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Countries should pay ’special attention’ to halal tourism: UNWTO report

Madrid, SPAIN — The World Tourism Organization, an agency of the United Nations, has released a report on the contribution of Islamic culture and its impact on the Asian tourism market, to help its 157 member states better understand the potential of Islamic tourism and develop policy recommendations to develop the sector.  

“Considered a niche market in the past, the enormous Muslim diaspora of Asia and the Pacific is today a part of mainstream tourism and in that respect countries both within the region, as well as outside it should pay special attention to it,” wrote UNWTO Secretary-General Taleb Rifai in the report’s foreword.

Islamic countries already realize the potential of the Muslim-friendly or halal tourism market, says the report, while non-Islamic countries are catching up. 

Particular attention, says the report, has to be paid to the domestic tourism sector that is the main source of the Islamic tourism market.

‘LUCRATIVE’ MUSLIM MARKET

The report highlights the Asia Pacific’s higher than average tourism growth rate, projecting that its 24 percent global market share in 2015 will reach 30 percent by 2030. The region received 279 million visitors in 2015.

The growth has also led to the emergence of a very lucrative market of Muslim travellers in Asia and the Pacific that is home to around 60 percent of the world’s Muslim population.

“One of the characteristics of the Asian tourism market is the rapid growth of the middle class that has come with the financial and social benefits of trade liberalization and globalization. This middle class constitutes the bulk of the Islamic tourism clientele,” added Rifai.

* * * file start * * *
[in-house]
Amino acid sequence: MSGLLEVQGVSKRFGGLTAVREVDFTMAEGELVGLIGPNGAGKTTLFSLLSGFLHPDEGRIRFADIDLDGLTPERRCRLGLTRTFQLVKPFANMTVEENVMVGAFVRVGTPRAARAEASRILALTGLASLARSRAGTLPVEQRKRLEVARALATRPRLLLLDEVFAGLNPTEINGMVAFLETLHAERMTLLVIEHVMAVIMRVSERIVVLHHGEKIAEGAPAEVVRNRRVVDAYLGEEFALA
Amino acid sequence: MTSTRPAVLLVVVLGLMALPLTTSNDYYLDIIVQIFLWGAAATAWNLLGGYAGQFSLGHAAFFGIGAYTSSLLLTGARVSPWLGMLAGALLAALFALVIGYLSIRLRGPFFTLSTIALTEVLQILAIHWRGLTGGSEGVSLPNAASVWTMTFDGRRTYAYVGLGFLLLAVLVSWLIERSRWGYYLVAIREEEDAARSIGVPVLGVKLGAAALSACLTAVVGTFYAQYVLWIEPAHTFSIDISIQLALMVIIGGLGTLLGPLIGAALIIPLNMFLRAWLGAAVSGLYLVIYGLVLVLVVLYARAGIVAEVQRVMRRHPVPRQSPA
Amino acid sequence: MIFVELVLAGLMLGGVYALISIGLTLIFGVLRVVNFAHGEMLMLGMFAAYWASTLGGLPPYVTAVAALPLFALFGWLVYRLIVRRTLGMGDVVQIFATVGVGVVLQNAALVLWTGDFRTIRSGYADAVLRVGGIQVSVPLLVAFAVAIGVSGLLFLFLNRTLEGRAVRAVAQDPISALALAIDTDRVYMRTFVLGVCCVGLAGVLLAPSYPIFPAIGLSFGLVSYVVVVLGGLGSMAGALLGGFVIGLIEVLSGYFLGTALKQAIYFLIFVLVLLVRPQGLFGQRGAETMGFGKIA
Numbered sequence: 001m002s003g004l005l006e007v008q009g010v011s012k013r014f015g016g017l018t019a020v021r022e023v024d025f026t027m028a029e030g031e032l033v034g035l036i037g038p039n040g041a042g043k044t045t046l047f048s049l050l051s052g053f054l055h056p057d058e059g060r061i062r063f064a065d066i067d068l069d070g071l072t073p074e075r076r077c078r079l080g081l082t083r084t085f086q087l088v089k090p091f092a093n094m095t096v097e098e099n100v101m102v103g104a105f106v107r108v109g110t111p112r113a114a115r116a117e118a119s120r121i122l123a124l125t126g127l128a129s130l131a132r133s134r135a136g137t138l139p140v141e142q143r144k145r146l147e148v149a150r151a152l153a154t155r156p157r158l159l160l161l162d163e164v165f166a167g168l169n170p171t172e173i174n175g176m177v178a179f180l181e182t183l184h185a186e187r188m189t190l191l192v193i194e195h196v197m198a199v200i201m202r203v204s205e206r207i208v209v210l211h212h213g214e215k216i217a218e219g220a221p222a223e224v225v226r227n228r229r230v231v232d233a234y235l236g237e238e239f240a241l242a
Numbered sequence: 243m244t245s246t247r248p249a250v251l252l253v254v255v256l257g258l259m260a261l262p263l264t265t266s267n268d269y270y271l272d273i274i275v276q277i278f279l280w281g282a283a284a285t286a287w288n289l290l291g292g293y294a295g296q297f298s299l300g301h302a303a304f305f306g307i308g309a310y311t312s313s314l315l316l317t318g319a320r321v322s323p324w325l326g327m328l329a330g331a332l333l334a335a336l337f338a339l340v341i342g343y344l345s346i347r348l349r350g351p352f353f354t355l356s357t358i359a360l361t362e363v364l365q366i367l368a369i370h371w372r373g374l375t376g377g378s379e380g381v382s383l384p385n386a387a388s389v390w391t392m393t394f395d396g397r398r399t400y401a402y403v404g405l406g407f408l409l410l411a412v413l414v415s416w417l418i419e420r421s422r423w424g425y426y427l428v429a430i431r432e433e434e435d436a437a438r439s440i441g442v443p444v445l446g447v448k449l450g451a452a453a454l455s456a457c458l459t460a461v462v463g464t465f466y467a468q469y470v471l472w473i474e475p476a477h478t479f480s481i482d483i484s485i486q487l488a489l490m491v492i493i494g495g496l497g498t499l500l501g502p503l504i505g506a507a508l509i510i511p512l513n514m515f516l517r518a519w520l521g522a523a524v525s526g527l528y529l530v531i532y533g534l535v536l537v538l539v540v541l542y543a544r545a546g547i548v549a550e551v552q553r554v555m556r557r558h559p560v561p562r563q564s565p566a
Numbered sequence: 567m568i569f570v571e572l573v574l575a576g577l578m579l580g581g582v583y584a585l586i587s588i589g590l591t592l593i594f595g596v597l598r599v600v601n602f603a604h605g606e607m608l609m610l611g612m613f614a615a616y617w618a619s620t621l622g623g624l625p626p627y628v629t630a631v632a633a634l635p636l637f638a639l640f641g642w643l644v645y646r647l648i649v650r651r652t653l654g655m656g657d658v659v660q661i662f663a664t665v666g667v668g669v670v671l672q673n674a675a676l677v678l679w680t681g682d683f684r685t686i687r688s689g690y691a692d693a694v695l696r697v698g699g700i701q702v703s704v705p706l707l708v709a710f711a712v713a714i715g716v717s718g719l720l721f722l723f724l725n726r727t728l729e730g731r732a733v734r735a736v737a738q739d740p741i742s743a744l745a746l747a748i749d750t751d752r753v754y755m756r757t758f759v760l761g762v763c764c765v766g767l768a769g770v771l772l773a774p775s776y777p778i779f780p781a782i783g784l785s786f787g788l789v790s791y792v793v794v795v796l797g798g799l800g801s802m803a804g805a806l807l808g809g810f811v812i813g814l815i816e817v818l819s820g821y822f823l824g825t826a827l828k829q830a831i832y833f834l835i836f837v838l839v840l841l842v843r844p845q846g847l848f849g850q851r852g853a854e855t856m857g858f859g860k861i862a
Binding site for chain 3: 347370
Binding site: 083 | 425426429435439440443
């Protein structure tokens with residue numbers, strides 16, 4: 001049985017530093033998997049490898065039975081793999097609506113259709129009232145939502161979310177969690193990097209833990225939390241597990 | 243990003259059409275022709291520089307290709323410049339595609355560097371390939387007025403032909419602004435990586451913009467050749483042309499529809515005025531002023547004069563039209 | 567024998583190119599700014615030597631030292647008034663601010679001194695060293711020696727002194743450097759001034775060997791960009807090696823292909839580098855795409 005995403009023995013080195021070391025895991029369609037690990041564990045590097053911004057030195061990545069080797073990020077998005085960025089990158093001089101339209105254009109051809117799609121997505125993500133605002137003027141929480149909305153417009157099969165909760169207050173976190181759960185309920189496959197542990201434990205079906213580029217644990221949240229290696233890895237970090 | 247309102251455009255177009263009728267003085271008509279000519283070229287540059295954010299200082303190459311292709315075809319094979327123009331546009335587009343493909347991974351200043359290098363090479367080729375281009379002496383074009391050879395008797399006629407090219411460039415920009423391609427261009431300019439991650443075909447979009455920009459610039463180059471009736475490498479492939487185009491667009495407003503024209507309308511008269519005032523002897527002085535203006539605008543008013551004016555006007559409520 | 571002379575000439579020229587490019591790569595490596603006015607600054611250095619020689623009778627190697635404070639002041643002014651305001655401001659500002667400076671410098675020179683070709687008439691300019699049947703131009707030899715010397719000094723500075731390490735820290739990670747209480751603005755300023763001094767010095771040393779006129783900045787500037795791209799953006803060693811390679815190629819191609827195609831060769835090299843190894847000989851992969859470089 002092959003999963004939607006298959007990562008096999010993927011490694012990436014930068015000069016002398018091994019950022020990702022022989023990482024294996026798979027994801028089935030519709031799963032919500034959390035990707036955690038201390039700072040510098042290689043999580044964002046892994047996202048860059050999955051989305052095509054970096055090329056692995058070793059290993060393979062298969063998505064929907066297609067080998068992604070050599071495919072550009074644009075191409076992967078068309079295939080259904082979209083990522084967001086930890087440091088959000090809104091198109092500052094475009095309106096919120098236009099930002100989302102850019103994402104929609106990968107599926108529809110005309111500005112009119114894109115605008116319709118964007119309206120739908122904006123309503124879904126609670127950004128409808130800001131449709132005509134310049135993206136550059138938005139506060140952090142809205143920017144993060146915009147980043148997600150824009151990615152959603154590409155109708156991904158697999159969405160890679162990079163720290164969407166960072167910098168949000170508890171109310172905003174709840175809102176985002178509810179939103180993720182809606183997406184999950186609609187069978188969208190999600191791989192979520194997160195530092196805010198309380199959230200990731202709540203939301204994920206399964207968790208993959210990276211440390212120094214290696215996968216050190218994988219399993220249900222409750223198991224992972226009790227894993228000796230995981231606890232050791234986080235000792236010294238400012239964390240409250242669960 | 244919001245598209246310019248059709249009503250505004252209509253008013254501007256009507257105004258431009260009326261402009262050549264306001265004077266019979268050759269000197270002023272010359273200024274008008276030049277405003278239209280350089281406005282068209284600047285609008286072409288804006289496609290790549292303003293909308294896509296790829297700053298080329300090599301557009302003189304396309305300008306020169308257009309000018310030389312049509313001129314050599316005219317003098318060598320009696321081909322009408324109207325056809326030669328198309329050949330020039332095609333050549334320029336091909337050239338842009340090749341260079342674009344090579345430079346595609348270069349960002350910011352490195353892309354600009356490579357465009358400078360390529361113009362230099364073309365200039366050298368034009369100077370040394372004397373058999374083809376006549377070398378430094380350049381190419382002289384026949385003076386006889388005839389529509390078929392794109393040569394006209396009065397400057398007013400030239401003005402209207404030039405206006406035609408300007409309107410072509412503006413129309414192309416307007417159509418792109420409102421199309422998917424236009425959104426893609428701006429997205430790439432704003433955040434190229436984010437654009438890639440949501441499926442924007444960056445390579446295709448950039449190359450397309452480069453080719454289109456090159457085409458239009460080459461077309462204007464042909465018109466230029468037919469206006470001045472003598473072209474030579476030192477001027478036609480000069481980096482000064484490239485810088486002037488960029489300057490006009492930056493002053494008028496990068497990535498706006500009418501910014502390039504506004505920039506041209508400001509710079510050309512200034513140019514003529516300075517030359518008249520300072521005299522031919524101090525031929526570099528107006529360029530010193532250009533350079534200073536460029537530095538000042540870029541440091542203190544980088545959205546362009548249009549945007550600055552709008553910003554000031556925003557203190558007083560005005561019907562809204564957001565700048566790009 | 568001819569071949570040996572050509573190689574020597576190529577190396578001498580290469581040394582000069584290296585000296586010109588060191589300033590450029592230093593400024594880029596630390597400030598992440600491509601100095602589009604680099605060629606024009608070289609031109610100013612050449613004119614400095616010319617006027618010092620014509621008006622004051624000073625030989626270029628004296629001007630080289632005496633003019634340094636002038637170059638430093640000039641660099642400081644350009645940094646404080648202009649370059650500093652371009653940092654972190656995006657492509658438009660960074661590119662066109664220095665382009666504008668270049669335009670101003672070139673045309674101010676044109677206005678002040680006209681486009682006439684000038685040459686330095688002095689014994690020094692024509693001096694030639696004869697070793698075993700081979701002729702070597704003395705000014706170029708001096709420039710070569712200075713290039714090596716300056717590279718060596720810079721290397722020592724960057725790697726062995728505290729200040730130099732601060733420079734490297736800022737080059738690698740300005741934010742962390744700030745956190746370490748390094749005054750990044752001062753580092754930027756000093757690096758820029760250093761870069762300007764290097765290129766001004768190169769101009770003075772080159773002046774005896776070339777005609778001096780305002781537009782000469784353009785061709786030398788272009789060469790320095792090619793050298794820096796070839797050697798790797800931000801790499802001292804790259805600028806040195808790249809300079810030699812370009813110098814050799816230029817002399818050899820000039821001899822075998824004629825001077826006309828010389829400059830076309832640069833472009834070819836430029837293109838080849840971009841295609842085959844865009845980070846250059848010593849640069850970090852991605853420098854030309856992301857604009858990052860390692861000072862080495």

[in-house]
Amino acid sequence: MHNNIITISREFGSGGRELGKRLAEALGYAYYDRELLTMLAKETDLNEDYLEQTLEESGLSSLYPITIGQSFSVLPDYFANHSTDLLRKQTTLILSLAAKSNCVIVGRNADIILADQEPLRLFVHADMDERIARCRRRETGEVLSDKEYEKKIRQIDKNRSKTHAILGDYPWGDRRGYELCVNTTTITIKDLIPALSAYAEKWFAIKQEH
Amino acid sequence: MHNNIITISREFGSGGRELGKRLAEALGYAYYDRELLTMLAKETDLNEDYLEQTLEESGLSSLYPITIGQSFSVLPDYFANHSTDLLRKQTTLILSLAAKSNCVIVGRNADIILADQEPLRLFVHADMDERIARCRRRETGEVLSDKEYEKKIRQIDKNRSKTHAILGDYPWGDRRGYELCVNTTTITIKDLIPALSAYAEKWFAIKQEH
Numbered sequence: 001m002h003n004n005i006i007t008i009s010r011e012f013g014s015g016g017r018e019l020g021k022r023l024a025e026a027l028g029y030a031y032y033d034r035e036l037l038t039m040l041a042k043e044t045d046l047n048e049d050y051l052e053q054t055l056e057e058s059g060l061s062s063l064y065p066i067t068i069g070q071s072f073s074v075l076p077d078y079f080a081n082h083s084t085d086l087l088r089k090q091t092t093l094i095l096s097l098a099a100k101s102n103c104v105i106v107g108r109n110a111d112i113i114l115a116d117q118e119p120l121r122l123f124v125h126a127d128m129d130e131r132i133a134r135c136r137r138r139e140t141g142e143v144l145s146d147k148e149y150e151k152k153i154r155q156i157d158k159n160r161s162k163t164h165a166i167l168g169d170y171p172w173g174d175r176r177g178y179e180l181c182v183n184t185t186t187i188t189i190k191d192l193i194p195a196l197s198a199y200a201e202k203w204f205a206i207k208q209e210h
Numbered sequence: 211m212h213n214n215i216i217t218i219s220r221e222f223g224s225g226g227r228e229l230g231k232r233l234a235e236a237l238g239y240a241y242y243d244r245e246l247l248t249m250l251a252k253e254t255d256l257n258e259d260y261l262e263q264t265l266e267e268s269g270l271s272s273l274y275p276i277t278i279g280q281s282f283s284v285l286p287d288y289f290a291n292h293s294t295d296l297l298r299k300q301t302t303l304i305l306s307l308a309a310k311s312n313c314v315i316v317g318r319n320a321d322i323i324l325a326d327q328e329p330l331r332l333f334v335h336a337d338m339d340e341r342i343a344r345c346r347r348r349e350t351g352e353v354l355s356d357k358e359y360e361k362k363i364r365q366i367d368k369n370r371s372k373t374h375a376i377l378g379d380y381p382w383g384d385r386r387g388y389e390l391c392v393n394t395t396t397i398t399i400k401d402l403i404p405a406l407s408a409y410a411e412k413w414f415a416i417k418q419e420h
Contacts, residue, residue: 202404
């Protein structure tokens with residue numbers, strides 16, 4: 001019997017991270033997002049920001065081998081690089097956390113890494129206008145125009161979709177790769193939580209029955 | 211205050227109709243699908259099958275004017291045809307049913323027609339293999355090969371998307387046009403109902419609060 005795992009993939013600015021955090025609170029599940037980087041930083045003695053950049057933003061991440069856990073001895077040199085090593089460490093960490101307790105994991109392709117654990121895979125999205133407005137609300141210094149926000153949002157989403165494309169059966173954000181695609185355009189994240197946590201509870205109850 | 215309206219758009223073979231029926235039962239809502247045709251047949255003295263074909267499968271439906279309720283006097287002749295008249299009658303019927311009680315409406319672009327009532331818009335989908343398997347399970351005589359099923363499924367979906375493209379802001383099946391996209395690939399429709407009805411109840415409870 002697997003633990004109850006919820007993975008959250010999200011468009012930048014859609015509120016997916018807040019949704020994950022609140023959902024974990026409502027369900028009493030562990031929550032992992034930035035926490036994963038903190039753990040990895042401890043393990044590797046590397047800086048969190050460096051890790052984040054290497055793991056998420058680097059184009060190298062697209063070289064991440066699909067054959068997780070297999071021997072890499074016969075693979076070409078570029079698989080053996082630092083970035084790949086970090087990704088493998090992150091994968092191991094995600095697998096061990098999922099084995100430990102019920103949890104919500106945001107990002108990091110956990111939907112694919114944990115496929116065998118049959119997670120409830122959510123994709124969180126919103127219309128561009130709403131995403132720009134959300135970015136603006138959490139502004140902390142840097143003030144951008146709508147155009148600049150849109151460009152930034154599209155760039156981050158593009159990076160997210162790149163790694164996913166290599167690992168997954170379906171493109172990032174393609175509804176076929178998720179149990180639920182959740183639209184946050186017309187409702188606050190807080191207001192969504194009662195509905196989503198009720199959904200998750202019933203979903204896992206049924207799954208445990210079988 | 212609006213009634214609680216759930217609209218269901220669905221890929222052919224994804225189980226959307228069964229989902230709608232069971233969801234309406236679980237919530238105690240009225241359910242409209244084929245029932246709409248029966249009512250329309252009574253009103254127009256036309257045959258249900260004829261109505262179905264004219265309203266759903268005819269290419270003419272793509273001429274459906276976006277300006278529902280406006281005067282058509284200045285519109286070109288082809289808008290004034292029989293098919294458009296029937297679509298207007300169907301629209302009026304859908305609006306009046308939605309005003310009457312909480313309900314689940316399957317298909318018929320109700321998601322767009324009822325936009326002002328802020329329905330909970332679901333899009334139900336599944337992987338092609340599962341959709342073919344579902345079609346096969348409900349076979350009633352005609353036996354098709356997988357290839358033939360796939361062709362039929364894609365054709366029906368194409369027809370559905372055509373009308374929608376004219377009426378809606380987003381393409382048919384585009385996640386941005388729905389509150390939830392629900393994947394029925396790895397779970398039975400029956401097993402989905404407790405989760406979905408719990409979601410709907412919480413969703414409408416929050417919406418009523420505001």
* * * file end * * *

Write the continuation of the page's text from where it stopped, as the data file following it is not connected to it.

CHALLENGES

The report outlines challenges to the development of tourism in Islamic countries, most of which have been identified by the Organization of Islamic Cooperation (OIC) in the context of its 57-member bloc. These include:

1. Lack of technical know-how

2. Weak promotional activity

3. Short supply of well-trained tourism professionals

4. Lack of sufficient infrastructure necessary for the development of a sustainable tourism sector

RECOMMENDATIONS

The report’s recommendations build on those already made by the OIC for promoting intra-OIC travel, which include:

1. Promoting tourism investments

2. Integrating tourism policymaking and overcoming policy conflicts both between and amongst the public and private sectors

3. Streamlining the administrative, regulatory and institutional frameworks

4. Enhancing tourism safety and security

5. Promoting sustainable tourism

6. Upgrading the quality and efficiency of tourism-related infrastructure and services

7. Improving facilitation and accessibility

Key recommendations made by the UNWTO report:

1. Increased cooperation to highlight tourism’s potential to facilitate a better understanding of Islam, alleviate poverty, create jobs for young people, women and small- and medium-sized enterprises, with an ultimate aim to promote inter-faith understanding;

2. Funding for improved restoration and preservation of the many mosques, gardens, forts, monuments and landmarks in the Asia and the Pacific, many of which are suffering from serious neglect. Issues at these sites include everything from landscaping and interpretation to the quality of toilets;

3. Availability of and investment in publicity materials and websites for these sites which, due to the state of disrepair and the lack of publicity, are not popular on the tourist circuit and cannot be financially self-sustaining. In general, governments are reluctant to give them high priority vis-à-vis the other priorities on national budgets;

4. Increased funding from third party sources, such as the Islamic Development Bank. Currently the Bank provides funding for associated sectors, such as transport, infrastructure and education, all of which contribute to travel and tourism, but not directly to the travel and tourism sector.

Source: Salaam Gateway